Traditional radio is the most popular means of new music discovery; more so than iTunes, Spotify, or even recommendations from friends and family.
This is, in many ways, not too surprising. Aside from the obvious factor of accessibility and reach of the medium is the mere fact that radio is easy.
When it comes to their choice of music station, a listener essentially takes their pick of the station(s) that they feel best fits with their own personal choice of music. This choice is further limited and influenced by factors such as locality and the perception of the target market and listenership. Once that decision has been made, it’s the simple matter of tuning in and waiting for new music to be played.
This alignment between listener and radio station’s music choice is at the core of the relationship between station and listener, but so too is the fact that radio stations, in a large part, deviate from this alignment. One of the challenges facing services like Pandora (and the same applies to servces such as Netflix) is that the outcome of the perfect algorithm is the perfect playlist of music.
When it comes to music discovery and enjoyment, perfection is, in many cases, the enemy. While a listener may, when faced with the explicit choice, opt for the alternative rock track every time, a large portion of the enjoyment comes from music that violates that personal preference; the ‘guilty pleasure’ hit from Taylor Swift, or classic hip-from from Jay Z. It’s this unique blend that makes radio different to everything else.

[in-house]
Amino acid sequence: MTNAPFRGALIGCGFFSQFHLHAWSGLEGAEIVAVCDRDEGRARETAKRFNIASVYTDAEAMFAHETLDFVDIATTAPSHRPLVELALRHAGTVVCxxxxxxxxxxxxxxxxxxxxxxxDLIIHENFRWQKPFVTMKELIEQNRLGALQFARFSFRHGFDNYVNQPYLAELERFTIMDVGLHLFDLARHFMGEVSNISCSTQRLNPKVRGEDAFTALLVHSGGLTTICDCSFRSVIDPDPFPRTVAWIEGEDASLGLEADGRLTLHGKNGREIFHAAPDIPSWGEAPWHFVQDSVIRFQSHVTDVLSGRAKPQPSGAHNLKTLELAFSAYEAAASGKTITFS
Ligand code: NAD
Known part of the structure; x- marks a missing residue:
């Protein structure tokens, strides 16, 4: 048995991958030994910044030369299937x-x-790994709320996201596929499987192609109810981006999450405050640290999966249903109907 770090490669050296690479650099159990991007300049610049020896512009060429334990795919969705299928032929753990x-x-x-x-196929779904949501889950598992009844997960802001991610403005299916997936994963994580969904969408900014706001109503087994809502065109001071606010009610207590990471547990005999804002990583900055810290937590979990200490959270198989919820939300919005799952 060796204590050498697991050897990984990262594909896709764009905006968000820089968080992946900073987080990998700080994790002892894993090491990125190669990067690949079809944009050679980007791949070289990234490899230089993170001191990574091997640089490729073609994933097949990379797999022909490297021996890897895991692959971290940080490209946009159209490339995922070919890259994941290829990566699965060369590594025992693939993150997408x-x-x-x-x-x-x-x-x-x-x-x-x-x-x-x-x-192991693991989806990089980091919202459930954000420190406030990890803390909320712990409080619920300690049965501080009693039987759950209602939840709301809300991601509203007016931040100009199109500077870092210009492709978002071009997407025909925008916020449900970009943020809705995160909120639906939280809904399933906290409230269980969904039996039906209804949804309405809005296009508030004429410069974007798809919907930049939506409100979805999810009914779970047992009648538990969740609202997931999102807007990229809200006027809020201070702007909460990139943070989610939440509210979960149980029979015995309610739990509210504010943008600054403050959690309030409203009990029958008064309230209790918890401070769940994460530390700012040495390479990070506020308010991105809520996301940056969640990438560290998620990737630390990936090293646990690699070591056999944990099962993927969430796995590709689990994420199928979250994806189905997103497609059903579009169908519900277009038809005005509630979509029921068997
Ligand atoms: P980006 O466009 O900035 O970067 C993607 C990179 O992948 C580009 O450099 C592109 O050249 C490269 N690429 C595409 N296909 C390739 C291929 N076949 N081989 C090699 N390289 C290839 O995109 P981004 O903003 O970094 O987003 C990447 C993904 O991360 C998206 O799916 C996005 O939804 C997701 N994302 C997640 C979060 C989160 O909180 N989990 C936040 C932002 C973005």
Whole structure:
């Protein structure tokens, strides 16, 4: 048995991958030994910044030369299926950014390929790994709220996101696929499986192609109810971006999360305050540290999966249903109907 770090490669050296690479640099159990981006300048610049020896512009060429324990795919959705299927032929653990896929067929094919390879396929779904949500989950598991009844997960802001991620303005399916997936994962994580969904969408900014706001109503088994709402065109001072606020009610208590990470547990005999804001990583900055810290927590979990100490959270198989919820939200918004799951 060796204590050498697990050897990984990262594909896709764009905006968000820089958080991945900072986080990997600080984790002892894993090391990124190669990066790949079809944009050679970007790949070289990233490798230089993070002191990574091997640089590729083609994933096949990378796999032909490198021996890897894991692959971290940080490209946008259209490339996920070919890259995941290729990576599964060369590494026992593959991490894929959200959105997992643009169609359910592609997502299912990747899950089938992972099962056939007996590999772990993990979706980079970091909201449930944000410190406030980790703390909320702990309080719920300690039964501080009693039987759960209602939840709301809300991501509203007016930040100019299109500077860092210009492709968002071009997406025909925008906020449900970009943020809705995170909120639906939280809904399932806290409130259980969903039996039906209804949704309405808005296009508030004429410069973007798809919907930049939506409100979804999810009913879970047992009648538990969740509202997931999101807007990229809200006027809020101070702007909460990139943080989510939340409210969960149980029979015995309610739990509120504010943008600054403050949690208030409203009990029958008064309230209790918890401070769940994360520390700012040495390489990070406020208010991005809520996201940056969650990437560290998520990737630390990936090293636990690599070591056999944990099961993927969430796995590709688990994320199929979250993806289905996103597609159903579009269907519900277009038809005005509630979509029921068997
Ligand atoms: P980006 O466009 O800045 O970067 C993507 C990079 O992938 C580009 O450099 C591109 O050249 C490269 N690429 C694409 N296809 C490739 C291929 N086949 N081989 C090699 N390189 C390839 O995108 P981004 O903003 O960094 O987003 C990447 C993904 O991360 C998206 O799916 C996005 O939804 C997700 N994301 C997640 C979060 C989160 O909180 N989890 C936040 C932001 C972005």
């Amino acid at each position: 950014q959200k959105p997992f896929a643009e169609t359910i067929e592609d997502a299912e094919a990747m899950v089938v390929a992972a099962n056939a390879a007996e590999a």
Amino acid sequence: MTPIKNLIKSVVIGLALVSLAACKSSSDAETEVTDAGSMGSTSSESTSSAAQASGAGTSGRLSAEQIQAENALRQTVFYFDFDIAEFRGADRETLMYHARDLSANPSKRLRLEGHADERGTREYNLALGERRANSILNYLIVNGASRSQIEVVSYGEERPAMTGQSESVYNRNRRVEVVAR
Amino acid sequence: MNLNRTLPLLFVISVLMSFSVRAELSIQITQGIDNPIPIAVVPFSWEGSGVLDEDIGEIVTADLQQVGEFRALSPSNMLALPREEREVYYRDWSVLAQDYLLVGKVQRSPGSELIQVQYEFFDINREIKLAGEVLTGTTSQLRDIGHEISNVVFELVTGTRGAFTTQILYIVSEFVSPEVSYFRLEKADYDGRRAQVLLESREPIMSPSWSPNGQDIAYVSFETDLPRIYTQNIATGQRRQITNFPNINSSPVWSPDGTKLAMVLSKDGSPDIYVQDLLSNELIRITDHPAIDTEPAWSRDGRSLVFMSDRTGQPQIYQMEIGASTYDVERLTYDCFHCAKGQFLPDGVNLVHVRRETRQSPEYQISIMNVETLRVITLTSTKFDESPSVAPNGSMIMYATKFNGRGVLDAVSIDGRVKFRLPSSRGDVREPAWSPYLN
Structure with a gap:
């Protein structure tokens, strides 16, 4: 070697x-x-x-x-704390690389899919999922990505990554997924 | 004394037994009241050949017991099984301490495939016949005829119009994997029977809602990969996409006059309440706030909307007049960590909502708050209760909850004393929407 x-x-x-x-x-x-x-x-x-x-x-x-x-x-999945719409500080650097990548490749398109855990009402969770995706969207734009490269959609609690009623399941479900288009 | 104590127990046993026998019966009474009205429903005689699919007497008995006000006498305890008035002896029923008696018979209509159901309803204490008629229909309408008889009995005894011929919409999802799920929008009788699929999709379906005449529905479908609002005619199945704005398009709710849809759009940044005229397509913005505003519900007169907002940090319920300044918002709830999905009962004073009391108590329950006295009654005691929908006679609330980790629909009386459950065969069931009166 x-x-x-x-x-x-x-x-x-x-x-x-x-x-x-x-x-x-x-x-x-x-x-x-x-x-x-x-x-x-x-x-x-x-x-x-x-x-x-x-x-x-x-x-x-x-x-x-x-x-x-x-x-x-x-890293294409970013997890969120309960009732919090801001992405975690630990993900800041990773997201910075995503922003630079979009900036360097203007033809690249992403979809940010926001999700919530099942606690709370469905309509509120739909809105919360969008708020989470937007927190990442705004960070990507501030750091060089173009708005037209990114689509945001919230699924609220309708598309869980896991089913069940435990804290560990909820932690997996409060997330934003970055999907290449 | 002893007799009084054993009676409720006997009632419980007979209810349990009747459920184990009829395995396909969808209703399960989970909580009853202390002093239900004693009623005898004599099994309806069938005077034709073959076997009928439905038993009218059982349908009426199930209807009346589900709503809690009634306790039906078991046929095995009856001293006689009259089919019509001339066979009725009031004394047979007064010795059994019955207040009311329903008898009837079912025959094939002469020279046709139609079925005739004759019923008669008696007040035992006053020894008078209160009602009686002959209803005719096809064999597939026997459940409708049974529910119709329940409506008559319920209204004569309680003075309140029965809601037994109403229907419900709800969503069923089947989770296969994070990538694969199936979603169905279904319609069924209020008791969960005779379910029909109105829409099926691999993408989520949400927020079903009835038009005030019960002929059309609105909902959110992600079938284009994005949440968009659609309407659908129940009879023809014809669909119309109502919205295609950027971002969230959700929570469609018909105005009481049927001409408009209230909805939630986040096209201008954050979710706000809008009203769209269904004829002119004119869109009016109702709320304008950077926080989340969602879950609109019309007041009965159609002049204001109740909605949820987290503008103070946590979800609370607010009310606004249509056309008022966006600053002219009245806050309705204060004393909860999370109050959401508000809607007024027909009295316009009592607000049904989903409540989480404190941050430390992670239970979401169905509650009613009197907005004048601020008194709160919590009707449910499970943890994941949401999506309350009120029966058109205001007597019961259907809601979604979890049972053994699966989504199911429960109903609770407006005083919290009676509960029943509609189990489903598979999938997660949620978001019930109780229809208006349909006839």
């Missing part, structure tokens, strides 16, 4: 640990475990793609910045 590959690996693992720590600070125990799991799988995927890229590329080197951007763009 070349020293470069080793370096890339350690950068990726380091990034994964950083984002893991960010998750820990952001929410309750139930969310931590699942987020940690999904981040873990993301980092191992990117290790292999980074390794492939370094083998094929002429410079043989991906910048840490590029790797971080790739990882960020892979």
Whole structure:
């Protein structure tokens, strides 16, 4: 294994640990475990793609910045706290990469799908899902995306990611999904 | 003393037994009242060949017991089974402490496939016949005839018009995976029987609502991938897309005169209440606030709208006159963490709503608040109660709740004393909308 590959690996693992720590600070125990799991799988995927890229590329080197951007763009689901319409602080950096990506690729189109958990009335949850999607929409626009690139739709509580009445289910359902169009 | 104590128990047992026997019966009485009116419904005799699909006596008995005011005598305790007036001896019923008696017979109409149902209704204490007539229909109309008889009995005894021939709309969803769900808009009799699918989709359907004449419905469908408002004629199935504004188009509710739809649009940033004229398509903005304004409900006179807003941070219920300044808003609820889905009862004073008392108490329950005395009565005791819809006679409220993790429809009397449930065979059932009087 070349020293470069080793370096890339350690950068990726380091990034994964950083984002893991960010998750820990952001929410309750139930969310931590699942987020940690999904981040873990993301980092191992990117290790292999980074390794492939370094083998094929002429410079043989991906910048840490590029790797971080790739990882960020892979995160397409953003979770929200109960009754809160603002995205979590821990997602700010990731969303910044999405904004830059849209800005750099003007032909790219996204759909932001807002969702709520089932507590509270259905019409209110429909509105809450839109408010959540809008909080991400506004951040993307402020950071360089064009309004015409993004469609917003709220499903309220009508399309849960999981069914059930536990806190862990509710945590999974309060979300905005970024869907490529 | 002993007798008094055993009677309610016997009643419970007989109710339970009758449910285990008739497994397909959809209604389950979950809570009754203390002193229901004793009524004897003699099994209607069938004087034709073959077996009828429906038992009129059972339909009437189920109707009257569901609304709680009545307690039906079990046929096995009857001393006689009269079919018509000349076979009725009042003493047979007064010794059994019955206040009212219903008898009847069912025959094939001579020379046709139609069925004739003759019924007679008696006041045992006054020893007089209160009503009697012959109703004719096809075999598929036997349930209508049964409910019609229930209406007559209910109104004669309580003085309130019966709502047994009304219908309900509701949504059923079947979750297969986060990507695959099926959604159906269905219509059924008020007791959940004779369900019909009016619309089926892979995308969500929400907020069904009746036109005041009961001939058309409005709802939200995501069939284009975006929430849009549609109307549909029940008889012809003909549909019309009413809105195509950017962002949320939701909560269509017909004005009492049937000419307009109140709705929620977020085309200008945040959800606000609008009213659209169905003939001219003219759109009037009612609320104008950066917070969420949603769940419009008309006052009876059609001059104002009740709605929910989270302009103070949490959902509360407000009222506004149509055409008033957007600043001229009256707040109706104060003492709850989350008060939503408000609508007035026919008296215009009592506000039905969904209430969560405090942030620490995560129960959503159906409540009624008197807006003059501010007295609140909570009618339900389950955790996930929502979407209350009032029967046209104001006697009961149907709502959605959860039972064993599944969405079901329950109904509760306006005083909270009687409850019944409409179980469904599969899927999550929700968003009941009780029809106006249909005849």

When it comes to the actual music discovery experience, though, traditional radio’s is a pretty poor one. Radio is increasingly-dominated by ads and infomercials, and the role of presenters and voice-tracking is universally what distinguishes radio stations from one another, and therefore the emphasis of programming and lineups. What’s more, the nature of music ‘rotation’ means that you are far more likely to hear the same hit repeated multiple times than you are a new track that you’ve never heard before, especially if you’re listening at peak listening hours (like to and from work), and when you are stuck listening to Katy Perry, there’s no way to skip past it. Assuming, however, that you manage to beat all of these odds, and happen to be listening at the right time and hear a song that you actually like, you may still not even know what it is and, even if you do, it’s not a very actionable moment.